It’s hard to see, but it’s there. It makes me wonder if Peter Buck was ever tempted to throw a brick at Stipe, Ignatz Mouse style.
Krazy Kat’s Kissing Kousin: I just finished Michael Tisserand’s brilliant biography of George Herriman, Krazy. You may recall the post about the author signing the book for me on the parade route during Carnival. Herriman’s Krazy Kat was the first comic strip for eggheads. It was loaded with subtle political and cultural references as well as implicit commentary on Herriman’s status as a black New Orleans Creole who passed for white. It’s a must read book for anyone interested in the history of American popular culture.
A relatively minor detail in a chapter about Herriman’s New Orleans family stuck with me. One of Herriman’s cousins, Ralph Chessé, also moved to California and passed. Like Herriman, he was a gifted artist whose painting is this week’s featured image. Chessé was a talented puppeteer who had a teevee kids show, Brother Buzz, in my native Bay Area from 1952 to 1969.
Genes are a remarkable thing. That entire family is full of artists, writers, and musicians including singer John Boutte, Peter Albin of Big Brother and the Holding Company, and the Kraziest Kat of all, George Herriman. The parallels between Ralph Chessé and George Herriman are striking: both were artists who used anthropomorphized animals in their work.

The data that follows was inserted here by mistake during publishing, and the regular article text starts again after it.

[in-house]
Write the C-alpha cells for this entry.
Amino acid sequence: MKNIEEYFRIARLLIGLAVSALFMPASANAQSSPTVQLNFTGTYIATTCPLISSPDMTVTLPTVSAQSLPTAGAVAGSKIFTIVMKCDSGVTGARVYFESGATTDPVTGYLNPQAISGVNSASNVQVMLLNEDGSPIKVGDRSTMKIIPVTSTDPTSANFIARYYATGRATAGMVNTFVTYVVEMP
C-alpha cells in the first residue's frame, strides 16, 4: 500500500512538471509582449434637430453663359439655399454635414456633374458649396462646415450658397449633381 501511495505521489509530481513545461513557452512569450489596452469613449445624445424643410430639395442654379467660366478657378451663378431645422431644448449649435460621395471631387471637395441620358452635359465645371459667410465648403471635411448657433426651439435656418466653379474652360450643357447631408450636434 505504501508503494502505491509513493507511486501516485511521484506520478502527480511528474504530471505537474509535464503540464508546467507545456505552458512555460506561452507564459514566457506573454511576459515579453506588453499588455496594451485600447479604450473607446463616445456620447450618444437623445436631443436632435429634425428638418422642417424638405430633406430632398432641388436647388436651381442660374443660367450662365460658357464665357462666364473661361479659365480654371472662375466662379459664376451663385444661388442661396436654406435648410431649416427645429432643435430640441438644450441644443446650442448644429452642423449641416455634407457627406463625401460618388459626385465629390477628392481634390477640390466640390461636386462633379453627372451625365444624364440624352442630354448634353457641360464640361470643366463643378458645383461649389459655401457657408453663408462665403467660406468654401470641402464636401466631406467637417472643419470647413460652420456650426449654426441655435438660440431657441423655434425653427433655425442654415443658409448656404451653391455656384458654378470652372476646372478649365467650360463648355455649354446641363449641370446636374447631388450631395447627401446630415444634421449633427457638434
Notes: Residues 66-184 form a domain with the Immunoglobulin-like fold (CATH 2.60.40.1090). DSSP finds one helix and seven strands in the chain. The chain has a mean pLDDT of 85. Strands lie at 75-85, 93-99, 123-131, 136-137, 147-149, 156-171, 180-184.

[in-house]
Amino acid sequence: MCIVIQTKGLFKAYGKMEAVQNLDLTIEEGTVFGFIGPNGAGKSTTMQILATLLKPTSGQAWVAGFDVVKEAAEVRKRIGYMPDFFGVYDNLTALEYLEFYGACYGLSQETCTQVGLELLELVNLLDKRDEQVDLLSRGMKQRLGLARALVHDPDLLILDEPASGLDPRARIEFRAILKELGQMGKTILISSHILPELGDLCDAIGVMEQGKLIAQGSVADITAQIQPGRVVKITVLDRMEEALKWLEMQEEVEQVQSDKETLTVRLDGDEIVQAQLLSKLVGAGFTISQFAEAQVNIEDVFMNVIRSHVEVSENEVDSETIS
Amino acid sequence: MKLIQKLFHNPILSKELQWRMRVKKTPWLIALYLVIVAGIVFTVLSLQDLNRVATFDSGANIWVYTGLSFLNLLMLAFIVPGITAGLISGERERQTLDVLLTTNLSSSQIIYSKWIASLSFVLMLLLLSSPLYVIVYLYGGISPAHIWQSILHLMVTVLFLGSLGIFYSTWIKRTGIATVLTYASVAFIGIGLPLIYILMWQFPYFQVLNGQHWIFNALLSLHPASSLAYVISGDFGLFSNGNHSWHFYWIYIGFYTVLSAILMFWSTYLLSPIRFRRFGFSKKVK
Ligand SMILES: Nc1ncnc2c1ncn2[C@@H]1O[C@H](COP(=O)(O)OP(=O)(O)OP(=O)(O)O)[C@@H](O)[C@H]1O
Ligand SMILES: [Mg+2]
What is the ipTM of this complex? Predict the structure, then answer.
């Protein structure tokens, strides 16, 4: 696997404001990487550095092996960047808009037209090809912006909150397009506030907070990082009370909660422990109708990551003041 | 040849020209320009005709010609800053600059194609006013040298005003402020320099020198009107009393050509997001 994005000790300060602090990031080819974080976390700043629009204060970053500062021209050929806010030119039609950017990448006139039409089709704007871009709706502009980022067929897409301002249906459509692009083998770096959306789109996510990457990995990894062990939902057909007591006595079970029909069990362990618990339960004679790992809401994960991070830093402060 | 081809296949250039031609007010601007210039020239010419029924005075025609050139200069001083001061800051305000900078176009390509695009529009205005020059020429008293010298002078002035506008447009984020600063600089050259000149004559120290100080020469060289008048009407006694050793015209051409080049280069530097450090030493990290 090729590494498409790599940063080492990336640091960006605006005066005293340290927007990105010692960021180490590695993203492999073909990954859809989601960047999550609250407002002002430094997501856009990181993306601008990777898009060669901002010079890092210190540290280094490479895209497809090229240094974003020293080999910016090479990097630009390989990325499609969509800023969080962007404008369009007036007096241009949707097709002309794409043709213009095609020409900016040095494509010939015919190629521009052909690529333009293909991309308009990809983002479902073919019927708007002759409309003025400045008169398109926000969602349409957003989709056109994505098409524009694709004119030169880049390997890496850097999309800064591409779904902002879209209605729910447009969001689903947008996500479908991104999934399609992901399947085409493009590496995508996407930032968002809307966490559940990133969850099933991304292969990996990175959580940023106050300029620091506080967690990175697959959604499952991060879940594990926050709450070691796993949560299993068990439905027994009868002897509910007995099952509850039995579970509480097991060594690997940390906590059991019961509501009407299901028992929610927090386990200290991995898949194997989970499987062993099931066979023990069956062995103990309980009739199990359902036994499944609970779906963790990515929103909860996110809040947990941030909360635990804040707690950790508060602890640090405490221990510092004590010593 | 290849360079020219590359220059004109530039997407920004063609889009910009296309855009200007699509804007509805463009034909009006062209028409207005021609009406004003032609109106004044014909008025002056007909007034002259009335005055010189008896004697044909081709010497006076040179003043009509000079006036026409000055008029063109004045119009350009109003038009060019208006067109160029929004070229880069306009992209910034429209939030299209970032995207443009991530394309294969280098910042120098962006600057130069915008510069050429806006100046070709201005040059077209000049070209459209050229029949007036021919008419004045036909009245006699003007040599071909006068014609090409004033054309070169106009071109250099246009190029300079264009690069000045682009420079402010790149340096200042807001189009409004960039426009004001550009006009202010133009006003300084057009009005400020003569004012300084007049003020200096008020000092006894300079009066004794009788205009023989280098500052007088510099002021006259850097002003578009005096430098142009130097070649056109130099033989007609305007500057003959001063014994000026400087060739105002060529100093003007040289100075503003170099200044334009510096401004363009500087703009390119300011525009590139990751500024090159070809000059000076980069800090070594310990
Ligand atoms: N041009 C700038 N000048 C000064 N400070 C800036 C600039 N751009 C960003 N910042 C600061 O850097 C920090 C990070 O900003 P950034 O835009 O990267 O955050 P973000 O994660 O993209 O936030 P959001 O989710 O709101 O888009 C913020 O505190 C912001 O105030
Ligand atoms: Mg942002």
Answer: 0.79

There’s no indication that Herriman and Chessé ever met but the latter must have been aware of the legendary cartoonist. That concludes this brief climb up the Herriman- Chessé family tree. Now how the hell do I get down? Maybe Ignatz will weigh me down with bricks to ease my descent…
I’ll give the last word of this segment to Michael Tisserand with the book trailer for Krazy. He’s a busy bee, much like Brother Buzz.
Monument Valley was where John Ford set many of his Westerns. George Herriman got there first. Score one for Krazy Kat and Ignatz Mouse.
We’re going to linger in the first half of the 2oth Century with our next piece. It takes us to the world of sideshow freakery at its worst.
Freak Show Serfdom: My fascination with carneys and sideshows is well-known. I thought I’d heard it all until I read about Eko and Iko. Their real names were George and Willie Muse. They were Albino African-American brothers who were sideshow performers for decades. They were also effectively enslaved by their manager who took more than the customary 10% if you catch my drift. I say serfdom, you say peonage. Let’s call the whole thing off.
It’s a fascinating story told in a new book by Beth Macy, Truevine. I haven’t read it yet but I *have* read a review by Stuart Jeffries in the Guardian and now you can too. All I’ve got for you is a scan of a postcard on which the Muse brothers look like proto-Rastafarians:
Speaking of freak shows, our next segment is about the man who has helped transform the White House into a Mad House.
B3 Brownshirt Documentaries: Everyone’s talking about Stephen K. Bannon of B3 Brownshirt fame. (The k is not for krazy but it could be.) I’m not sure if he’s the “real President,” but he has the Insult Comedian’s ear. I wonder where he keeps it? In a safe in case he needs to blackmail Trumpy? It’s what a proper kidnapper would do. Bannon has kidnapped an entire country, after all. Perhaps it’s time for Ted Koppel to revive the whole America Held Hostage thing.